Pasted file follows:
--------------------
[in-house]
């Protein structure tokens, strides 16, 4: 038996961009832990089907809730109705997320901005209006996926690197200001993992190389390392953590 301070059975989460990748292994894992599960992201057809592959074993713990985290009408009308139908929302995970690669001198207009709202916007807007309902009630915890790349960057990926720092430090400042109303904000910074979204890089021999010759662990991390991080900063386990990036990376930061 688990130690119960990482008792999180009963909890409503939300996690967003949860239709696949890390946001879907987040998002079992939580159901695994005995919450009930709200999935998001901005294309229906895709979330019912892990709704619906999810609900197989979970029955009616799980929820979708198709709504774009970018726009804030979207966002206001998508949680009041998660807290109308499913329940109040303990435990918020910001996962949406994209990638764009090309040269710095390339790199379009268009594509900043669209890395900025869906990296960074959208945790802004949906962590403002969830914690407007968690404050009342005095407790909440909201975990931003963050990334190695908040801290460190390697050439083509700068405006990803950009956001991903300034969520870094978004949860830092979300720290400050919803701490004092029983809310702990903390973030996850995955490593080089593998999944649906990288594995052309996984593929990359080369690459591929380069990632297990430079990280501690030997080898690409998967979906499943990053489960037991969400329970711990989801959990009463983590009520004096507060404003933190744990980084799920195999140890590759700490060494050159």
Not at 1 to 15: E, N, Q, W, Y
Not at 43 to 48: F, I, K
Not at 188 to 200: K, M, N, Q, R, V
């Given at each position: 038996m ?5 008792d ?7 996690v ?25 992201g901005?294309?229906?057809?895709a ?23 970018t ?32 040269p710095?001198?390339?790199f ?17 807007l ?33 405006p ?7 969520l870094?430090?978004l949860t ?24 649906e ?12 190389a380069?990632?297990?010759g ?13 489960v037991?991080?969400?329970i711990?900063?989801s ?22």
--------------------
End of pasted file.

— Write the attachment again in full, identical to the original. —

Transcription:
[in-house]
């Protein structure tokens, strides 16, 4: 038996961009832990089907809730109705997320901005209006996926690197200001993992190389390392953590 301070059975989460990748292994894992599960992201057809592959074993713990985290009408009308139908929302995970690669001198207009709202916007807007309902009630915890790349960057990926720092430090400042109303904000910074979204890089021999010759662990991390991080900063386990990036990376930061 688990130690119960990482008792999180009963909890409503939300996690967003949860239709696949890390946001879907987040998002079992939580159901695994005995919450009930709200999935998001901005294309229906895709979330019912892990709704619906999810609900197989979970029955009616799980929820979708198709709504774009970018726009804030979207966002206001998508949680009041998660807290109308499913329940109040303990435990918020910001996962949406994209990638764009090309040269710095390339790199379009268009594509900043669209890395900025869906990296960074959208945790802004949906962590403002969830914690407007968690404050009342005095407790909440909201975990931003963050990334190695908040801290460190390697050439083509700068405006990803950009956001991903300034969520870094978004949860830092979300720290400050919803701490004092029983809310702990903390973030996850995955490593080089593998999944649906990288594995052309996984593929990359080369690459591929380069990632297990430079990280501690030997080898690409998967979906499943990053489960037991969400329970711990989801959990009463983590009520004096507060404003933190744990980084799920195999140890590759700490060494050159």
Not at 1 to 15: E, N, Q, W, Y
Not at 43 to 48: F, I, K
Not at 188 to 200: K, M, N, Q, R, V
């Given at each position: 038996m ?5 008792d ?7 996690v ?25 992201g901005?294309?229906?057809?895709a ?23 970018t ?32 040269p710095?001198?390339?790199f ?17 807007l ?33 405006p ?7 969520l870094?430090?978004l949860t ?24 649906e ?12 190389a380069?990632?297990?010759g ?13 489960v037991?991080?969400?329970i711990?900063?989801s ?22």